Author Topic: A Necessarily Long Function  (Read 202 times)

Offline leeor_net

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A Necessarily Long Function
« on: August 26, 2018, 01:05:45 PM »
Since we're on the subject, here's an example of a necessarily long function:

Code: [Select]
void FactoryReport::init()
{
    addControl("btnShowAll", &btnShowAll, 10, 10);
    btnShowAll.font(*MAIN_FONT);
    btnShowAll.size(75, 20);
    btnShowAll.type(Button::BUTTON_TOGGLE);
    btnShowAll.toggle(true);
    btnShowAll.text("All");
    btnShowAll.click().connect(this, &FactoryReport::btnShowAllClicked);

    addControl("btnShowSurface", &btnShowSurface, 87, 10);
    btnShowSurface.font(*MAIN_FONT);
    btnShowSurface.size(75, 20);
    btnShowSurface.type(Button::BUTTON_TOGGLE);
    btnShowSurface.text("Surface");
    btnShowSurface.click().connect(this, &FactoryReport::btnShowSurfaceClicked);

    addControl("btnShowUnderground", &btnShowUnderground, 164, 10);
    btnShowUnderground.font(*MAIN_FONT);
    btnShowUnderground.size(75, 20);
    btnShowUnderground.type(Button::BUTTON_TOGGLE);
    btnShowUnderground.text("Underground");
    btnShowUnderground.click().connect(this, &FactoryReport::btnShowUndergroundClicked);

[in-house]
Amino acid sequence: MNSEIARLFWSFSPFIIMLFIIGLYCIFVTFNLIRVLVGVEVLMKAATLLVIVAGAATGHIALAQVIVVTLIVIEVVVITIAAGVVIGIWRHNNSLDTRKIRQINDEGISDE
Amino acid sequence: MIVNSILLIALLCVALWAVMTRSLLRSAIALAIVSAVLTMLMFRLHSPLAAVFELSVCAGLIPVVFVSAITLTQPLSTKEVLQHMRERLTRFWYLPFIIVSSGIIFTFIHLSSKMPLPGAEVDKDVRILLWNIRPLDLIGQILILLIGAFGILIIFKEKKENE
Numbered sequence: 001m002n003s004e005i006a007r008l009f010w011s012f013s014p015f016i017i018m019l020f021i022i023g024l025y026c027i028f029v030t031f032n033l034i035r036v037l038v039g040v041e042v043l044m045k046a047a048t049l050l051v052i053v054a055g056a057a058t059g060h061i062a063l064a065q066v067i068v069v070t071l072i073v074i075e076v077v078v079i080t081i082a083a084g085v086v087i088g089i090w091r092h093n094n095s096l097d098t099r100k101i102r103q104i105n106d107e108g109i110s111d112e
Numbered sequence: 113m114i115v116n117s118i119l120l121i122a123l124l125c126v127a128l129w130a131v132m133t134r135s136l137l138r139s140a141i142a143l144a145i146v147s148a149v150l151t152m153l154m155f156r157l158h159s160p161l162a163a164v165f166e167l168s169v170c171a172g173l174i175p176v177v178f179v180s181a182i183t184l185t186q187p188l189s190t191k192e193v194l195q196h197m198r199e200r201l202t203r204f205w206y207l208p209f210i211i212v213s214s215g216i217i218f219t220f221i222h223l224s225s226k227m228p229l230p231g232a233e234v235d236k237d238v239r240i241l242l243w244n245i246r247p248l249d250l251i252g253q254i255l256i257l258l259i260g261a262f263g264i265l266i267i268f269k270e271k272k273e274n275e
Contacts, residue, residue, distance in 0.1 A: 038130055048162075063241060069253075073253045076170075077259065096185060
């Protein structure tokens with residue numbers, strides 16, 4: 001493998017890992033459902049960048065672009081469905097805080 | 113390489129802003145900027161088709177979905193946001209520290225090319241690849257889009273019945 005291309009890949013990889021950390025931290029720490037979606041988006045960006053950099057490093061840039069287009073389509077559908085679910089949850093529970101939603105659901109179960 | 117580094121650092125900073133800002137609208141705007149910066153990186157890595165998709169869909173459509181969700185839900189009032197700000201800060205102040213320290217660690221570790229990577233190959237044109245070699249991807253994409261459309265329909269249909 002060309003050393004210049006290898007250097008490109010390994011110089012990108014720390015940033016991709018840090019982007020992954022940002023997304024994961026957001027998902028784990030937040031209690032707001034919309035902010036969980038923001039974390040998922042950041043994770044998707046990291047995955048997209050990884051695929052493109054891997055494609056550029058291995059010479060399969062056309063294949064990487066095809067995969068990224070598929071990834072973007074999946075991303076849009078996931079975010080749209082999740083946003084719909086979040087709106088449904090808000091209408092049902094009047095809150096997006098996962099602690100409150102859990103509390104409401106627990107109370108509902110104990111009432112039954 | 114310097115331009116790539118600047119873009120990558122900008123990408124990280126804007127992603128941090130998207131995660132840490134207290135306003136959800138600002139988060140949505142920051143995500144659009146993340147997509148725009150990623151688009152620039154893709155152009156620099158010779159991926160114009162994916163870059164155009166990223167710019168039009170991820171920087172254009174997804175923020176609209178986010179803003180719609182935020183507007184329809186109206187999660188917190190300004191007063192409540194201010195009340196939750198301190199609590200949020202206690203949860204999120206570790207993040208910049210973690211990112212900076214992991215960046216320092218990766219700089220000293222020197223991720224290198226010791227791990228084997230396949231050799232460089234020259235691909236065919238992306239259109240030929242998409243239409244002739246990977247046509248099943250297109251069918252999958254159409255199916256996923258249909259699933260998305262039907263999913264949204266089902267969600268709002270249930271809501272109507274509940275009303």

addControl("btnShowActive", &btnShowActive, 10, 33);
    btnShowActive.font(*MAIN_FONT);
    btnShowActive.size(75, 20);
    btnShowActive.type(Button::BUTTON_TOGGLE);
    btnShowActive.text("Active");
    btnShowActive.click().connect(this, &FactoryReport::btnShowActiveClicked);

    addControl("btnShowIdle", &btnShowIdle, 87, 33);
    btnShowIdle.font(*MAIN_FONT);
    btnShowIdle.size(75, 20);
    btnShowIdle.type(Button::BUTTON_TOGGLE);
    btnShowIdle.text("Idle");
    btnShowIdle.click().connect(this, &FactoryReport::btnShowIdleClicked);

    addControl("btnShowDisabled", &btnShowDisabled, 164, 33);
    btnShowDisabled.font(*MAIN_FONT);
    btnShowDisabled.size(75, 20);
    btnShowDisabled.type(Button::BUTTON_TOGGLE);
    btnShowDisabled.text("Disabled");
    btnShowDisabled.click().connect(this, &FactoryReport::btnShowDisabledClicked);

    addControl("cboTestBox", &cboFilterByProduct, 250, 33);
    cboFilterByProduct.font(*MAIN_FONT);